Hackers shut down NDDC website

The Niger Delta Development Commission (NDDC) website was forced to shut down on Wednesday following an attack by a Nigerian hacker group, NaijaCyberHactivists. The group is reportedly reacting to the government's plan to spend N1 billion on President Goodluck Jonathan's May 29th inauguration.

The hackers' warned of reprisals this Saturday in a letter titled "A Visit from Hell", if President Jonathan decides to retain his budget. The nine-paragraph letter, expressed frustration at the post-election violence and the governments repeated claims that the recent violence is merely one of the travails of a growing democracy.

A picture of the hacked website was published by an online media house, which also reported that this was the second attack on a government website by NaijaCyberHactivists. Although the media house claimed that the NDDC site is operational again, repeated visits to www.nddc.gov.ng yesterday delivered the same http 404 error messages: "the site could not be found."

The NDDC head of Corporate Affairs, Toye Abosede, confirmed the attack to NEXT in a telephone interview. "Some hackers invaded our site. They removed some of our pictures and replaced it with other things," he said.

Mr Abosede said the commission was forced to shut down its own site following the hacking and believes that other agencies may have been affected. "We actually shut it down," he said.
"Naturally, there must be some sort of investigation". He added that NDDC is going to work on beefing up its Internet security as the incident has shown that the site is not safe.

The hackers, whose mission is to "Hand over the whip to the horse," said that President Jonathan's decision to spend N1 billion worsens the country‘s situation. "An inauguration is simply an induction into office, AND NOT a costly long-running, nor a series of open-ended events organised into convoluted books and chapters," the letter said.

Other inaugurations
However, research by NEXT showed that N1 billion (about $6.5 million) for an inauguration is not as outlandish as it initially seems. The late President Shehu Musa Yar'Adua spent N820 million, South Africa's Jacob Zuma spent $10.6 million (N1.6 billion) for his inauguration in 2009 and President Barrack Obama broke U.S. records with a whopping $150 million by conservative estimates. Conversely, Britain has no inauguration ceremony.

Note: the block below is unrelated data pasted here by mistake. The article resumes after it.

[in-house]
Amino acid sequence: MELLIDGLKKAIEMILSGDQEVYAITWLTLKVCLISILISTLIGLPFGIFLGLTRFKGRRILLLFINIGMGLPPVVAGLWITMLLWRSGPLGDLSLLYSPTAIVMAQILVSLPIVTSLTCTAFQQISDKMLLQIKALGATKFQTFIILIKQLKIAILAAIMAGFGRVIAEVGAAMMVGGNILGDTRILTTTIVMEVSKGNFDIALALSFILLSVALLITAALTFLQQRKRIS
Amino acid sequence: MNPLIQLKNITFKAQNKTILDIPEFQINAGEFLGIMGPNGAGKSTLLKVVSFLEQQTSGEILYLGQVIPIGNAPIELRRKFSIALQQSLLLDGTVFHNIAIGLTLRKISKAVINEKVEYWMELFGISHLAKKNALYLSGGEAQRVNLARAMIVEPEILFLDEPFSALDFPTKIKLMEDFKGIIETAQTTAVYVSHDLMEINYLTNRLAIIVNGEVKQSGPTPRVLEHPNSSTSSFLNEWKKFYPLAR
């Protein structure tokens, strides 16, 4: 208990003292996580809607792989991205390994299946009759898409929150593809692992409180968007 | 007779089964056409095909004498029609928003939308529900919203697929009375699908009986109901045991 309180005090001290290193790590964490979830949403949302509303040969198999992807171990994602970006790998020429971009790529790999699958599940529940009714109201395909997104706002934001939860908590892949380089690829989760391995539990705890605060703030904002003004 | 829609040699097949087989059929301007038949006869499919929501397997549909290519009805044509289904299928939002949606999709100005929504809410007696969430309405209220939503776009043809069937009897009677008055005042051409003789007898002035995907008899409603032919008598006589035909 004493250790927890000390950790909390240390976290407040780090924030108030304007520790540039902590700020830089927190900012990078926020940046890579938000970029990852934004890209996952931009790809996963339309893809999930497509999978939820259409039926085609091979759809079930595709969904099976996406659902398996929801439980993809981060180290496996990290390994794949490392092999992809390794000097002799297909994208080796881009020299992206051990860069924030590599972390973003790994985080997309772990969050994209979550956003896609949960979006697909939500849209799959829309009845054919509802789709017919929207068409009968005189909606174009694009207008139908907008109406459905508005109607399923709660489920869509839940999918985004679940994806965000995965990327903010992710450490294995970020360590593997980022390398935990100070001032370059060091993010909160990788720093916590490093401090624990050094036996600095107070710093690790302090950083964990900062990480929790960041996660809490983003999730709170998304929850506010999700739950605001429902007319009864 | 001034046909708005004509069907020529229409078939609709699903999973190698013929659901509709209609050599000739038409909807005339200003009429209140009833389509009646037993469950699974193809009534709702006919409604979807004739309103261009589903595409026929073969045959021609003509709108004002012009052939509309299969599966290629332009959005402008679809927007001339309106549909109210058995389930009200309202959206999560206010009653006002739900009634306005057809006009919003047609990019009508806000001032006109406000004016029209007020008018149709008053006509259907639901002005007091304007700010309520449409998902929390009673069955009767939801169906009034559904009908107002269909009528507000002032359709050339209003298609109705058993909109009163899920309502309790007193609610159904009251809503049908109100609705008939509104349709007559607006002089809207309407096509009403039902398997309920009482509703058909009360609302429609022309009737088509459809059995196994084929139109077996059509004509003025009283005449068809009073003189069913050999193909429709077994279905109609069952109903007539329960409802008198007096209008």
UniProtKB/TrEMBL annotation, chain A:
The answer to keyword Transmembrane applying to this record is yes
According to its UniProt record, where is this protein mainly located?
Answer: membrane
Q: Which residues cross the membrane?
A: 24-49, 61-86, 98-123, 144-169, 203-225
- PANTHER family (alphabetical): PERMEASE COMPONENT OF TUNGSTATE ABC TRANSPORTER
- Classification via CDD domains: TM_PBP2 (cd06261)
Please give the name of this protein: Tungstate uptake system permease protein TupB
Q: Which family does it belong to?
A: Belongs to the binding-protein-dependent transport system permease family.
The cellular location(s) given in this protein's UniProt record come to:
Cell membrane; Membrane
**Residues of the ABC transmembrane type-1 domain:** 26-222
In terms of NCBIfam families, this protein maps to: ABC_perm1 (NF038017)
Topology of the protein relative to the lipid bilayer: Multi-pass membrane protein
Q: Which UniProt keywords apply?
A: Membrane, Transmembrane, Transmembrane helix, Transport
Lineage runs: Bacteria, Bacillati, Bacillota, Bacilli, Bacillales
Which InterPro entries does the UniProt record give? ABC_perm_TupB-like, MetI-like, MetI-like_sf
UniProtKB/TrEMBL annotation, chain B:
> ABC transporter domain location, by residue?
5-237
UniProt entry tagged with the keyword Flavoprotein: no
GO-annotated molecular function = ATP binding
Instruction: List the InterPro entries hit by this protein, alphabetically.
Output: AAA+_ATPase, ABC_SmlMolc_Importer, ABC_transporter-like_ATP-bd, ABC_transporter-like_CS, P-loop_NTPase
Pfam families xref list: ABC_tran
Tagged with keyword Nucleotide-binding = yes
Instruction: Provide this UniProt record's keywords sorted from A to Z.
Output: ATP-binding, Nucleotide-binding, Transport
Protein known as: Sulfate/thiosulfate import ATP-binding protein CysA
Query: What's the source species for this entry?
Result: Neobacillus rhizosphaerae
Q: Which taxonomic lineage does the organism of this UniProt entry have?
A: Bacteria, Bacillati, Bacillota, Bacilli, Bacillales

There is merely ‘the kissing of hands,' a brief ceremony where the new prime minister pledges loyalty to the Queen and to uphold the law, and then returns to No. 10 Downing Street to deliver a speech.

Not bluffing
The group also demanded that the ACN's Benue gubernatorial candidate, Steve Ugbah, and other people who were detained for their connection to him, be released; and that the perpetrators in the murder of one Tochukwu Uzukwu, are 'fished' out.

Mr Uzukwu, was a 21 year-old apprentice in Bayelsa, who was allegedly forced by members of Bayelsa State's special task force, Famou Tamgbe, to jump into a river at gun-point. Mr Uzukwu could not swim. His body is still being kept by the police.

The group who signed the letter "In source code we trust, we fighting for a cause, to make them account for all OUR money in their purse," threatened that if the demands are not met by Saturday, they will cripple government, telecommunication, and financial networks.
"We are not bluffing. We are watching with interest and we give you till Saturday to meet our TERMS." The letter said.

Credits: 234Next

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